On Thursday 6th December, 2018, I realized how dependent I was on my mobile phone having an internet connection. That particular day, I was out and about away from Wi-Fi networks. The first time I noticed I had no connectivity was when I used my phone to check if my train was on time.
As I got close to London, I realized I was not the only person who did not have data services on their devices, as I overheard a few people commenting on no connectivity.
During the day, I found I wasn’t able to communicate with my emails, WhatsApp and other services, which depended on having 3G or 4G connectivity. I felt isolated and cut off. Only when I found a coffee shop and connected to Wi-Fi did my phone spring to life with lots of push notifications, messages and emails.
It’s around that time that I learned the O2’s 4G network had gone offline earlier in the day.
Although this event did not significantly affect my life that day, I wondered what impact the outage had on the millions of other people who were also on the same mobile phone network and the networks of affiliates, such as Giffgaff, Tesco Mobile and Lycamobile. There are surely organizations like emergency services that are surely dependent on constant service from their mobile provider.
I know that transportation for London’s electronic timetable services at bus stops stopped working; they were reliant on the network at the time of the service interruption. And as taxi firms use the network to authorize card payments, these companies might have lost fares.
This outage didn’t just impact UK customers, either. SoftBank in Japan was affected, and it’s believed other mobile operators around the globe also experienced some downtime..
O2 and news agencies did well to keep affected customers informed, reassuring them that the teams were working around the clock to rectify the problem.
We are aware our customers are unable to use data this morning. Our technical teams are working on the issue with high priority. We are really sorry and working as hard and as fast as we can to fix this. Please keep an eye on our status checker: https://t.co/O8fb26fNIv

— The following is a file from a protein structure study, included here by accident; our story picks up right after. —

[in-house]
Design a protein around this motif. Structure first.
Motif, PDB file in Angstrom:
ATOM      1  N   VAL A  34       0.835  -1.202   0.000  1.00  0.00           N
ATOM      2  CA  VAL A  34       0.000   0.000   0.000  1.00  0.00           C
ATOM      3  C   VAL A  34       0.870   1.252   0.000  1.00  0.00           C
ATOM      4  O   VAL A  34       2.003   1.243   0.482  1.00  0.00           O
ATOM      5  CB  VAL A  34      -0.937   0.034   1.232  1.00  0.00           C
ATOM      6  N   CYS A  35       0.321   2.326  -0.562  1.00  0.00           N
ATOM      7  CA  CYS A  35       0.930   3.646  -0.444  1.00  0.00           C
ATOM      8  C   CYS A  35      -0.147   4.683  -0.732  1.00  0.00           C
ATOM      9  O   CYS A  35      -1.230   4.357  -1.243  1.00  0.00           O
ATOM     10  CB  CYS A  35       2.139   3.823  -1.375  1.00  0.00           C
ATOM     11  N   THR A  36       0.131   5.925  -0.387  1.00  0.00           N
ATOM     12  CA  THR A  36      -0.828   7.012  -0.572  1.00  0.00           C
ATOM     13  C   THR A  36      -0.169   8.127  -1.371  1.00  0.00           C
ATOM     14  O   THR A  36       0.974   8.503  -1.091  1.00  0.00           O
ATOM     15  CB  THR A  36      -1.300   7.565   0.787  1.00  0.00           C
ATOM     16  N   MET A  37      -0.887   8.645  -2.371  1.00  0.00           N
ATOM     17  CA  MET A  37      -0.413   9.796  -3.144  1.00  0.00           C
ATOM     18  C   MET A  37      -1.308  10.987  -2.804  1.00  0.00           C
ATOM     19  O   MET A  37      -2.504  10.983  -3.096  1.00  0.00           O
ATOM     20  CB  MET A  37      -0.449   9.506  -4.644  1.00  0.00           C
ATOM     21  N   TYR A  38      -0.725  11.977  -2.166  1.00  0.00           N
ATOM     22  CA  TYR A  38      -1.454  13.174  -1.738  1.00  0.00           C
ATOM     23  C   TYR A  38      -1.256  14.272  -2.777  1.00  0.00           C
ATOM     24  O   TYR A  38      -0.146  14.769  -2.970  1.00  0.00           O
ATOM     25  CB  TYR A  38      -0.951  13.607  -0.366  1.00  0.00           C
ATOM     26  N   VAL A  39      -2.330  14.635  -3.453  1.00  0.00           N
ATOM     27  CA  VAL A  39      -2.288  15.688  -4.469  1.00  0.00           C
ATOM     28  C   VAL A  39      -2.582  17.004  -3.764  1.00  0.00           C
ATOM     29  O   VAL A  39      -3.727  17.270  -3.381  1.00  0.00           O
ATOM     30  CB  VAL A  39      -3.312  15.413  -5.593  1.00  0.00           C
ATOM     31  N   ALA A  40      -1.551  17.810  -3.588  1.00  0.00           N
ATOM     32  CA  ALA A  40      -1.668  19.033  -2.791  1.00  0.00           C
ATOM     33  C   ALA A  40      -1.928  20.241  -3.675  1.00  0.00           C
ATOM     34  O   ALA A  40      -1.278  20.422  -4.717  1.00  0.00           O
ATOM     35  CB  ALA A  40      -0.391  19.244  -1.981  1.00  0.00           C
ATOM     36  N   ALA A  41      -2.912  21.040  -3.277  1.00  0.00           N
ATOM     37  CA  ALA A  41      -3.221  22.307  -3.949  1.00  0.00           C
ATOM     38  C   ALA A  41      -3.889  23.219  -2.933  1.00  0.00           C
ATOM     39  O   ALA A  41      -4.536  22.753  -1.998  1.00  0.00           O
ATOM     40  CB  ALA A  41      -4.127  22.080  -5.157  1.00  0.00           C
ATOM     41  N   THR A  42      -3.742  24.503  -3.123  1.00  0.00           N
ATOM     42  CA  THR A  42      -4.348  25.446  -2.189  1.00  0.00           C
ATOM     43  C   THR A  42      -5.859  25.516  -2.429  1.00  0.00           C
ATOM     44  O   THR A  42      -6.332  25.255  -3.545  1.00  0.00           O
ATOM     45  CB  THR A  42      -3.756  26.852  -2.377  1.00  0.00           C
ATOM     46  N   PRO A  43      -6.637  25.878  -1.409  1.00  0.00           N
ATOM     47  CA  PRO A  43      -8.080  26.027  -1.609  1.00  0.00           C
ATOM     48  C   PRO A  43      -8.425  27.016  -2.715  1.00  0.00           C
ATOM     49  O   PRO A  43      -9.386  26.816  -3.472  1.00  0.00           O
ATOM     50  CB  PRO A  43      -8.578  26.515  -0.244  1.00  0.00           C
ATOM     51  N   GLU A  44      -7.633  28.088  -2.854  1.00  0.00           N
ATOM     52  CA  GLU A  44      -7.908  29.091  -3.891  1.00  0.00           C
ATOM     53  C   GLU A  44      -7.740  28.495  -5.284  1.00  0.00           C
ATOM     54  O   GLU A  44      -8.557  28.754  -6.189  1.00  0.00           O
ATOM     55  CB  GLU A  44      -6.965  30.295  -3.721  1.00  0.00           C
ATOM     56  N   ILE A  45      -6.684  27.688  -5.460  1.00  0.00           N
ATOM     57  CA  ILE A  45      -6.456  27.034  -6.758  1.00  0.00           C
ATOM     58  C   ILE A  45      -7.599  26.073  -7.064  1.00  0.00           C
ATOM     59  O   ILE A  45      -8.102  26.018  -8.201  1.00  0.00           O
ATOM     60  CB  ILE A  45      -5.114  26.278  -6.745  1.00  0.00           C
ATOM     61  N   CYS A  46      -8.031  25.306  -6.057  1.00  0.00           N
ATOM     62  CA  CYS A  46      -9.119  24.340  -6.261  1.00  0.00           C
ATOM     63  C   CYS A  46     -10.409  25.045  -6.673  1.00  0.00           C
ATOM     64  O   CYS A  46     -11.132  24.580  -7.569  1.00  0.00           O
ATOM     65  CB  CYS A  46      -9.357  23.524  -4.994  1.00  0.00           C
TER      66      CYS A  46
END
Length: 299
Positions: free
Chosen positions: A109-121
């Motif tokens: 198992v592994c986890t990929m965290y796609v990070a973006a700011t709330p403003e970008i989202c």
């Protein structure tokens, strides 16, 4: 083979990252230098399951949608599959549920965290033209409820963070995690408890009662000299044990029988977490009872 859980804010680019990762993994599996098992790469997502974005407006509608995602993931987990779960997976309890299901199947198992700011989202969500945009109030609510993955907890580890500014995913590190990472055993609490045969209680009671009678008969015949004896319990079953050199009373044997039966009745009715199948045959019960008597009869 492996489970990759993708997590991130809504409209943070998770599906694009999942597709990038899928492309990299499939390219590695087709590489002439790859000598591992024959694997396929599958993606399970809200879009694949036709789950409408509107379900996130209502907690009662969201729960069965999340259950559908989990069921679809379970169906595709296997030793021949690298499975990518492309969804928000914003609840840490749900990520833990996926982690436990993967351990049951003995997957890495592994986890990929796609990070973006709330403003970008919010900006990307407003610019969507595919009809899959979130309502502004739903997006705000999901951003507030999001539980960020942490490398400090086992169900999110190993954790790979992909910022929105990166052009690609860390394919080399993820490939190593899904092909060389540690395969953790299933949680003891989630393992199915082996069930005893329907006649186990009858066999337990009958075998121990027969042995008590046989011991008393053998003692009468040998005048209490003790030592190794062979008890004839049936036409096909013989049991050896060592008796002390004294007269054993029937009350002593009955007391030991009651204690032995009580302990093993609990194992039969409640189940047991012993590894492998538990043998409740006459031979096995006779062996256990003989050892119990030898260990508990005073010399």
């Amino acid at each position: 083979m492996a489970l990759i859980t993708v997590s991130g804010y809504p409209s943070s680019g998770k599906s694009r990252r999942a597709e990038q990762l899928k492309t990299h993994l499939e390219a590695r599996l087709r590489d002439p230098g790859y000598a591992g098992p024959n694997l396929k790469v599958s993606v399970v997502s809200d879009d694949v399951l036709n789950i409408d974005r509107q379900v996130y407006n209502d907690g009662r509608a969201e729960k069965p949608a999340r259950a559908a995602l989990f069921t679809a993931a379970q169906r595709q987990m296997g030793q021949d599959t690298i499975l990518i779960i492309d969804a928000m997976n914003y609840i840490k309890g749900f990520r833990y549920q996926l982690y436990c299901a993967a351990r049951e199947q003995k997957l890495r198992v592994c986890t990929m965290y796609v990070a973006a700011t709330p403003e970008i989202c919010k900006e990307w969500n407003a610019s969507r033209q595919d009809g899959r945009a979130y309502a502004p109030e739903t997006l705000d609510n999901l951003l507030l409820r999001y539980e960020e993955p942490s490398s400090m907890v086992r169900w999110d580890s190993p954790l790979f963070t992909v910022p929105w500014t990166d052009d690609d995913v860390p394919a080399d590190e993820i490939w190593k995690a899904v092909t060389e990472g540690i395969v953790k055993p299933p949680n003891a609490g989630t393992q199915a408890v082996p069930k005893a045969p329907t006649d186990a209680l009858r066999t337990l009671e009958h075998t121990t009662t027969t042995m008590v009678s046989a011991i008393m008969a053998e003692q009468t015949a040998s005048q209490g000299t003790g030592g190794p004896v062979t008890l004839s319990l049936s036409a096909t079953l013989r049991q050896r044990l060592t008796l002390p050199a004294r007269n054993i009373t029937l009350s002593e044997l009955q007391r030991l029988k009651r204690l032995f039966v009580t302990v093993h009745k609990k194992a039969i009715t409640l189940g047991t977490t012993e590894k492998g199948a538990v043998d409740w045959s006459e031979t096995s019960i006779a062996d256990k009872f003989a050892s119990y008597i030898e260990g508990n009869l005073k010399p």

— O2 in the UK (@O2) December 6, 2018
The following day, service had been fully restored, and an explanation of what caused the outage came out very quickly.
The Root Cause: SSL Certificates
O2 and Ericsson issued a joint statement of an apology. Ericsson was quick to identify the root cause of the outage was an expired certificate which their software failed to identify before it was too late.
From this global impact, we see how important it is to ensure certificates don’t expire. SSL Certificates are small files that digitally bind cryptographic keys to an organization’s identity. It ensures confidentiality and integrity between systems. Unlike other services that can renew automatically, SSL certificates have a set expiry date.
Once they expire, services will stop functioning. From an end user experience, when browsing the internet, you will normally get a notification warning you that the certificate expired.
The impact to a business that lets certificates expire reduces trust from customers and services. “If this happened once, will it happen again?,” people might wonder. A loss in sales and revenue would follow, as would damage to the corporate brand and reputation, thereby putting the business at risk.
Was This Avoidable?
It’s without a shadow of a doubt that this latest outage could have been avoided. Ericsson identified that two software versions of the tool that managed the certificates had caused the issue, which should have been identified and rectified before this outage happened.
Companies should be checking what critical services are using certificates and make sure there is a documented and executed process in place to ensure certificates are valid. Common places are websites that use SSL signed certificates. If these expire, users are warned that the site is no longer secure and transactions may not be processed. If you are using solutions provided by third-parties, regular audits should identify the documented processes of certificate management.
Common frameworks such as ISO27001 cater to such requirements. Technology can also play a significant role. Solutions such as vulnerability management or policy and change detection solutions can help audit the estate to identify expired or expiring certificates.
You can learn more about how to manage certificate expiration effectively here.